Friday, 22 February 2008


Making the perfect sandwich is an activity fraught with difficulty. Sure, it is easy enough to place a couple of slices of ham between two thin pieces of plastic bread or cut open a roll and spread with a liberal layer of mayonnaise before adding a hastily cut tomato and some tasteless cheddar but this is mere sustenance rather than the gastronomic perfection that a sandwich can offer. And I’m sure you know me well enough by now to know that a basic butty would not be enough to satisfy.

The beauty of a sandwich lies in its inherent simplicity but that simplicity can also be its downfall: if each element is not perfect then the whole thing disappoints and serves to stave off hunger rather than create a perfect food moment. And before I go any further I’d like to point out that it really isn’t about cost, I’m not snobby about these things and there are times when a stack of watery wafer thin ham and three Kraft cheese singles wedged between two slices of Warbutons bread can hit the spot like nothing else. To go even further, a few minutes under the grill or in a Breville and you’ve got the food of the gods. But it wouldn’t be right to do this in rye bread, for example and this is at the heart of what I am trying to say: the elements have to fit. A burger wouldn’t be right in a bagel, a toastie in a teacake is just plain wrong and smoked salmon and cream cheese just wouldn’t taste right in cornbread. A hot dog should be served in a fluffy white roll, brie belongs on a baguette and a chip barm cake could come in nothing other than, well, a barm cake.

The origins of the sandwich are often attributed to John Montagu, 4th Earl of Sandwich and is one of the more famous stories in food history. The legend has it that he enjoyed eating meat between two slices of bread because it allowed him to continue playing cribbage without getting the cards greasy. Although the Earl may have popularised the eating of sandwiches, and gave his name to the snack, they have been around in various forms since the first century BCE and no doubt prior to that as well. What hasn’t changed is the convenience and the speed with which they can be created and eaten. It takes very little skill to create a butty worthy of consumption but perhaps a little more to craft a memorable one. The £85 sandwich on sale at Selfridges, for example, probably contains a bit more than the ubiquitous ham and cheese as it was, until recently the most expensive sandwich in the world, an honour that now belongs to a £100 creation available at Cliveden House, Berkshire and containing Iberico Ham, white truffles and quails’ eggs.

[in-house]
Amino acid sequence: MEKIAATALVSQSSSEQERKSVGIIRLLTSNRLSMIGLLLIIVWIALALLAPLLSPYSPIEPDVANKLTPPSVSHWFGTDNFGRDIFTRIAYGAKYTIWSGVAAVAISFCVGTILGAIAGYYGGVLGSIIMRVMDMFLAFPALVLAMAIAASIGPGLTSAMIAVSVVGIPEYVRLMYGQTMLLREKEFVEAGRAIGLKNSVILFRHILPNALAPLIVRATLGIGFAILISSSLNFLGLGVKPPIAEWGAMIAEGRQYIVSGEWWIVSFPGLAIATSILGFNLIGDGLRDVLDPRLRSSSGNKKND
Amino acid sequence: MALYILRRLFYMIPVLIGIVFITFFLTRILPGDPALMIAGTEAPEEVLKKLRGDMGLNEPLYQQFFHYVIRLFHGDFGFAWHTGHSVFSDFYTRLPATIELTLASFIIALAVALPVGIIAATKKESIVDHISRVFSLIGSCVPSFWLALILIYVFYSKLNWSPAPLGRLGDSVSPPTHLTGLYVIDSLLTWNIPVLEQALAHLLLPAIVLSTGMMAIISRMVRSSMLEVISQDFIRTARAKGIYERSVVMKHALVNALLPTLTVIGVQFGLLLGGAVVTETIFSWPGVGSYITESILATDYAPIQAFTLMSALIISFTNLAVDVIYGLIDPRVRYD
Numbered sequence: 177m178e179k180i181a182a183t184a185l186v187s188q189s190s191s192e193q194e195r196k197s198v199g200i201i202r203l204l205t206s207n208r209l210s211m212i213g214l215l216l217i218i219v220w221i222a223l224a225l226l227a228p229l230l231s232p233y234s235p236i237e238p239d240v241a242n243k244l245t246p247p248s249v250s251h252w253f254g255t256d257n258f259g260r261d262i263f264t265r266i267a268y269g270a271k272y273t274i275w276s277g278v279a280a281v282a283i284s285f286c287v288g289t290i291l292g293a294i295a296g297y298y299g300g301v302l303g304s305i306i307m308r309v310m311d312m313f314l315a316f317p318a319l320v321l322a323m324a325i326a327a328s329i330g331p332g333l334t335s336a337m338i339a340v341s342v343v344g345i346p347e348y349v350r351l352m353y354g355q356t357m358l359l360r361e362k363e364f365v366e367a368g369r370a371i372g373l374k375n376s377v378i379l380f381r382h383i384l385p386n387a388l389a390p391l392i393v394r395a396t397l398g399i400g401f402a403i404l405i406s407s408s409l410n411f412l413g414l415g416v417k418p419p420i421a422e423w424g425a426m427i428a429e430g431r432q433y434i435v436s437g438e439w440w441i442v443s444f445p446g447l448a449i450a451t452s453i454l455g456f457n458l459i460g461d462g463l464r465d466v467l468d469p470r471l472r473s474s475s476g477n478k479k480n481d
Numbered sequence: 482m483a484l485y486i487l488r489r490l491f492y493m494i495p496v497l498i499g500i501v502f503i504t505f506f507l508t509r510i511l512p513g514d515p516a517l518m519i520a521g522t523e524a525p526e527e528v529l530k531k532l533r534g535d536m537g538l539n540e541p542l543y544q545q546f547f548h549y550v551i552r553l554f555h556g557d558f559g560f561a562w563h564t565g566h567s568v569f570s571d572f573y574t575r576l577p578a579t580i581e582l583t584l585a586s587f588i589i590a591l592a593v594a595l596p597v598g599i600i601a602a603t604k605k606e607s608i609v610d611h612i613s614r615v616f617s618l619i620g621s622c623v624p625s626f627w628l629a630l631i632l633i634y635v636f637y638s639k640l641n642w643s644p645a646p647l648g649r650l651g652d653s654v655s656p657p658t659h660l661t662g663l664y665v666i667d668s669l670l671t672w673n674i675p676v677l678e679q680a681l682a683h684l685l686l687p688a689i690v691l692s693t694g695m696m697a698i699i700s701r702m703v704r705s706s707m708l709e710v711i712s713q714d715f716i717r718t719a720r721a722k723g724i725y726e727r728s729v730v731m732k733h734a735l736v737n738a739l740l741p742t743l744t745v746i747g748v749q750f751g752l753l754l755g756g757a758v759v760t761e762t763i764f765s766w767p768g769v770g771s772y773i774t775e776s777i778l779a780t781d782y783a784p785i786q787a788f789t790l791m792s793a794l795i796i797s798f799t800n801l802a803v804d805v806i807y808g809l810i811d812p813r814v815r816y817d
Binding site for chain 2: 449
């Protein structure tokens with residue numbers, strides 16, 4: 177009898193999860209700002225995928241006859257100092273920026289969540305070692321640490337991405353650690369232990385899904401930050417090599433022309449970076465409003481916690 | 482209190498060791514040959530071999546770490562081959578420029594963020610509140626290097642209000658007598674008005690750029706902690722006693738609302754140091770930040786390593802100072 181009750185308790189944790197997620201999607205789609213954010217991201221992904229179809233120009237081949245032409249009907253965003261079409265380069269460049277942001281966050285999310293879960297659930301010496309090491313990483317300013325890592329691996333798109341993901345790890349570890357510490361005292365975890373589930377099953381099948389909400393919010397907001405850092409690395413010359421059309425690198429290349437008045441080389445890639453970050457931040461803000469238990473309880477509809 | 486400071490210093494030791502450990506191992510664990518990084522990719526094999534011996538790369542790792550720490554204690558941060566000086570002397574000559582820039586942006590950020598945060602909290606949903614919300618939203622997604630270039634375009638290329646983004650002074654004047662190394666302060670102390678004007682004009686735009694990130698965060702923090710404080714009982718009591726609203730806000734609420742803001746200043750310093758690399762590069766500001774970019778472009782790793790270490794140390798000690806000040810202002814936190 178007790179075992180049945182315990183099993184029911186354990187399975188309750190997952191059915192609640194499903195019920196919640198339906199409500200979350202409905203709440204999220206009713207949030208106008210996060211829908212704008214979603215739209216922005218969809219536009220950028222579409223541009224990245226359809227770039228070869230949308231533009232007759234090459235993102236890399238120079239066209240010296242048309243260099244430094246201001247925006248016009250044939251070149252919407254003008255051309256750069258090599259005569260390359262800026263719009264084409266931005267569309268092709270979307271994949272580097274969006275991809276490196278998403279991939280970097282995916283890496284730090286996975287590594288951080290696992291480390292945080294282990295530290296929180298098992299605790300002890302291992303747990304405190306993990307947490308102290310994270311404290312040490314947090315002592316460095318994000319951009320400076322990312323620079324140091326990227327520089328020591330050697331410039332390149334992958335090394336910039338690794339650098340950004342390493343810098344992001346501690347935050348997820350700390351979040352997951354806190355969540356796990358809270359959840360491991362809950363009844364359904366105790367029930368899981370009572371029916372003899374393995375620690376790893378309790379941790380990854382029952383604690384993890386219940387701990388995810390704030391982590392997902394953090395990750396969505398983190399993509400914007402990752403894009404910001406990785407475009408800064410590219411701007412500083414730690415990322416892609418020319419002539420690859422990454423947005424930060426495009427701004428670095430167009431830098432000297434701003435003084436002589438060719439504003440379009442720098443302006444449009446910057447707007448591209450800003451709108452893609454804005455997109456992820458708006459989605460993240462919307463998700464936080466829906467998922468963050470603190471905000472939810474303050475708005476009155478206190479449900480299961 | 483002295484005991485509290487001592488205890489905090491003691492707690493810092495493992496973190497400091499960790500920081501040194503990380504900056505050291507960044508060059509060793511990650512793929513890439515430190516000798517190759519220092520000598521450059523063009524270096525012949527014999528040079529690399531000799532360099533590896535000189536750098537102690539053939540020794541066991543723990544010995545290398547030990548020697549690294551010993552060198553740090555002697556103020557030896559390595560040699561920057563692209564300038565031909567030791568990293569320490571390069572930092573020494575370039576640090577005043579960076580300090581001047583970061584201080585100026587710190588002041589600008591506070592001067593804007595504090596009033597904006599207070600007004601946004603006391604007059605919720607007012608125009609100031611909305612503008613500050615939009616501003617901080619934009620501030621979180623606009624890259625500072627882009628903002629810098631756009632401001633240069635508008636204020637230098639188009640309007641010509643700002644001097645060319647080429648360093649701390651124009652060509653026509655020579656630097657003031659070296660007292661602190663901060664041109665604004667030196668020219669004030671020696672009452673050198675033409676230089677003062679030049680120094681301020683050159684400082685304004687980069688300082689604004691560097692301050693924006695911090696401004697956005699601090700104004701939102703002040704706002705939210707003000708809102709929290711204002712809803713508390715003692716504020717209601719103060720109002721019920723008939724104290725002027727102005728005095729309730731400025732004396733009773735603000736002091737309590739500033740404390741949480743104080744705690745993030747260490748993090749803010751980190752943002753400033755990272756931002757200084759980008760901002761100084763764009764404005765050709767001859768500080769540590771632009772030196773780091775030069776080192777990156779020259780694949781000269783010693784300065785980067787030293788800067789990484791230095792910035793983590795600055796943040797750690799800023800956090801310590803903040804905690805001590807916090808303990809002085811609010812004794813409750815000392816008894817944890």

My budget doesn’t quite stretch to that, at least not yet (and even if it did I am uncertain as to whether I could part with £100 for bread and filling) but I still enjoy creating and eating the humble sandwich especially with some unusual ingredients which arrived in the form of Serrano ham and Manchego cheese, a gift from my parents brought back from their recent trip to Majorca. Freshly baked wholemeal bread, homemade mayonnaise, a generous wedge of the cheese, a slightly decadent number of slices of the ham, some thinly sliced Spanish tomato (I have no idea how they managed to get that back on the plane without it exploding into a red mush in a suitcase) and a handful of baby spinach. OK, it might just have been a ham and cheese sandwich but that didn’t stop it from being damned tasty.

No comments: